• 3, about the role of Iran in the war, and about its possible, or probable, motives.
  • 4, about the 'professional' way in which some media cover this conflict. This morning I watched France 24 while having breakfast. The anchorman asked a guest in the studio, a 'geostrategist' whose name I do not remember, whether there was a way in which Hamas could claim victory after this war. The guest said no, the organization was too badly damaged militarily and politically for that, but maybe by simply surviving its leaders and members could claim a victory somehow. After which the anchorman cleverly asked his next question: "Could it be that Hamas's mere survival will enable them to claim some sort of victory?". The decision not to allow journalists into the Strip was a wise one, I believe. There is no reason why Israel should give Hamas even more means to fight us. On Sunday Sky News was one of the first stations that broadcast the claim by Hamas that it had kidnapped two Israeli soldiers, a claim that turned out to be false but did cause hours of anxious rumours among Israelis, thus contributing to Hamas's psychological warfare against Israel. Such warfare is an integral part of any war, Israel also uses it of course, but I see no reason why Israel should make fighting even harder for its soldiers. For instance, if a journalist gets hit - the chances of which are more than imaginary - the chances of Hamas being made responsible are almost nonexistent, no matter which side's fire killed the man or woman. Every casualty - Palestinian civilians or terrorists, Israeli soldiers or civilians, journalists, aid workers - is a point scored by the terrorists, which is why Israel does and should do all it can to keep the number of victims among at least five of those categories as low as possible. Have a look at the picture next to this article to see how war journalism, consciously or not, sometimes uses antisemitic subtexts.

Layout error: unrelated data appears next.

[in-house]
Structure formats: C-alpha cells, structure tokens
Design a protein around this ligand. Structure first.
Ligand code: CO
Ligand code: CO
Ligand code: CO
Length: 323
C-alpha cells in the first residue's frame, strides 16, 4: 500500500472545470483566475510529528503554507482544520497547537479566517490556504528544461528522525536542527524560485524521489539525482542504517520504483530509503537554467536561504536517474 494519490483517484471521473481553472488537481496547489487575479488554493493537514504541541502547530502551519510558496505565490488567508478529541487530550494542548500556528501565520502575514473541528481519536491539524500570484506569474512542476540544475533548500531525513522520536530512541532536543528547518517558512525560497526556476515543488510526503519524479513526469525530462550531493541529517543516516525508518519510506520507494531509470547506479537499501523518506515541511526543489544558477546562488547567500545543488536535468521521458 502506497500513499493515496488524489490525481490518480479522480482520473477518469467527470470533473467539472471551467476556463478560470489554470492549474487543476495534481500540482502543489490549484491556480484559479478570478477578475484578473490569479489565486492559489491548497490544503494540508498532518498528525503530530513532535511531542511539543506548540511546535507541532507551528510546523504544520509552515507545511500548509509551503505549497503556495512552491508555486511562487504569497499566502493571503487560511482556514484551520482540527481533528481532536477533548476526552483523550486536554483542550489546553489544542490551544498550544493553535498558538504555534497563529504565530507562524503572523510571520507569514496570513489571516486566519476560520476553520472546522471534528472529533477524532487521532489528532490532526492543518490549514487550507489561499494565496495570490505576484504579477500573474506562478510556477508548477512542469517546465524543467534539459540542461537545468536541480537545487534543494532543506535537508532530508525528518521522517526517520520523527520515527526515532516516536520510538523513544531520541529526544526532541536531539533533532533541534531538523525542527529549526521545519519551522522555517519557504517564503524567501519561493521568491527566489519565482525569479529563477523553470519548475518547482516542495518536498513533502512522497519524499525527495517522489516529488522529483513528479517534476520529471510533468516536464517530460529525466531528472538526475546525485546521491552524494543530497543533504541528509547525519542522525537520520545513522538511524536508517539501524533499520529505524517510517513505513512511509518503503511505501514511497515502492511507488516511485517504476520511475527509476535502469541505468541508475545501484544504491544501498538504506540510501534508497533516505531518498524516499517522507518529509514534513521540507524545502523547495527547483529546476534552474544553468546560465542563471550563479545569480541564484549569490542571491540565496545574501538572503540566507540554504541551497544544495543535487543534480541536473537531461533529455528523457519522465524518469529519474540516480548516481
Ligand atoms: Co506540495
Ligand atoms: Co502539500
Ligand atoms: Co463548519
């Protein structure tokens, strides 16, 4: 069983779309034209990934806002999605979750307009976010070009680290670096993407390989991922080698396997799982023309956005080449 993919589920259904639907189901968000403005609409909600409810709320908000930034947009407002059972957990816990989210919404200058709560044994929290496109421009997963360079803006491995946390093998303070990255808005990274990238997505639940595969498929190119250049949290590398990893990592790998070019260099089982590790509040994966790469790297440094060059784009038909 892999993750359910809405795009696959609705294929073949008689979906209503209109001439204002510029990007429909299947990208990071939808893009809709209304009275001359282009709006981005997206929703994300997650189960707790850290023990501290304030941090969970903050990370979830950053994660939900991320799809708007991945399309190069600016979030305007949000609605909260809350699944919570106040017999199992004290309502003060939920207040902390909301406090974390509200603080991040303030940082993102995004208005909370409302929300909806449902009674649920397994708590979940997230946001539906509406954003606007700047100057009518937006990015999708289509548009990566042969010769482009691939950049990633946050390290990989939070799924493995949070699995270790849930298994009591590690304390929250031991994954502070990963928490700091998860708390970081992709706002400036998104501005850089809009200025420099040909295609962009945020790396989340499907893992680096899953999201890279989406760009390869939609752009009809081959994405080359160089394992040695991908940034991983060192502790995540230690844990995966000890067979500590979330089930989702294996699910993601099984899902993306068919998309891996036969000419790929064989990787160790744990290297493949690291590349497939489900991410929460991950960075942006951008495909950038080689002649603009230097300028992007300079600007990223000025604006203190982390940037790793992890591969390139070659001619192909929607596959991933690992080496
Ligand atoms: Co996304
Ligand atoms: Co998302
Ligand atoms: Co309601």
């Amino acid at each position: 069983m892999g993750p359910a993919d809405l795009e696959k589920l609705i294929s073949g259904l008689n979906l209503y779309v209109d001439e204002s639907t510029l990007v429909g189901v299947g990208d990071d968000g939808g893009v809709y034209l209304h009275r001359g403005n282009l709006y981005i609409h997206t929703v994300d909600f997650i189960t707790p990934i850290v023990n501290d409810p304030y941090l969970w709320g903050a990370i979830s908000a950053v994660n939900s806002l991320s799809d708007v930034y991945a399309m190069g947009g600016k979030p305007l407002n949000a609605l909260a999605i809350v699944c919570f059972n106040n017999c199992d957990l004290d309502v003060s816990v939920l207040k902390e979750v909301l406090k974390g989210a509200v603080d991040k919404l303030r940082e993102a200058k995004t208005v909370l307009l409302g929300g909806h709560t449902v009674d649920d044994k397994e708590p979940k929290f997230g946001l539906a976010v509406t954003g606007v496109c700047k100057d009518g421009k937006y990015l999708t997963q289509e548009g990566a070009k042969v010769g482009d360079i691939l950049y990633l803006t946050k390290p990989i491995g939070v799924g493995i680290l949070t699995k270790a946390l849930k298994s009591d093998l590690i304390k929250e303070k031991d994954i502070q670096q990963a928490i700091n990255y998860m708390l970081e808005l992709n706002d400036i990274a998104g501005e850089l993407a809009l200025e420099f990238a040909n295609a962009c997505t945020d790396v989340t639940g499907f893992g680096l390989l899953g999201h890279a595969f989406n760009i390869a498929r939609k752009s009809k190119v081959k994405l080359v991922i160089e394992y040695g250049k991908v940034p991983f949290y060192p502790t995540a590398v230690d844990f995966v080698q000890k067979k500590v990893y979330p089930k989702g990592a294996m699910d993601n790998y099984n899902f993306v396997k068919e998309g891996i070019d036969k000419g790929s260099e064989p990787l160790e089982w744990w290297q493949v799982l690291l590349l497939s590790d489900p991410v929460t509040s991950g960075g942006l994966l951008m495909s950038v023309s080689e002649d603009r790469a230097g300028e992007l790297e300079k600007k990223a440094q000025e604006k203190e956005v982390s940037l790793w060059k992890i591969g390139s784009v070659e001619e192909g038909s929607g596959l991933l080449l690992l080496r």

• 5, about the 'friendly fire' accident in which Israeli soldiers were killed. Colonel Avi Peled, commander of the Golani Brigade ( who happened to be the commander of the Gaza southern brigade when Gilad Shalit was kidnapped ), was also hurt in the incident. Yesterday evening Colonel Peled was interviewed on television, he already had returned to command his men inside the Strip. In the history of the Israeli army many officers, some of them very high-ranking, were wounded or killed in the line of duty. Most of the senior Hamas leaders live in Damascus or hide underground, behind women and children in hospitals, schools or mosques, which is one of the reasons why so many of them end up being killed not while commanding their men but in a hiding place or while moving from one hiding place to another.

And yes, of course I also follow the reports about the suffering of the people in Gaza ( for example, every night one of the Israeli news broadcasts receives a live report and update from the director of the Shifa hospital in Gaza ), but I do not think that my sadness, compassion and pity - like the crocodile tears of many of the Palestinians' 'friends' - are of any use to them. For the people of Gaza, and for all Israelis, especially those in the Gaza Strip and in Southern Israel, I hope that this will all be over as soon as possible, with Hamas at most being able to claim the abovementioned type of victory.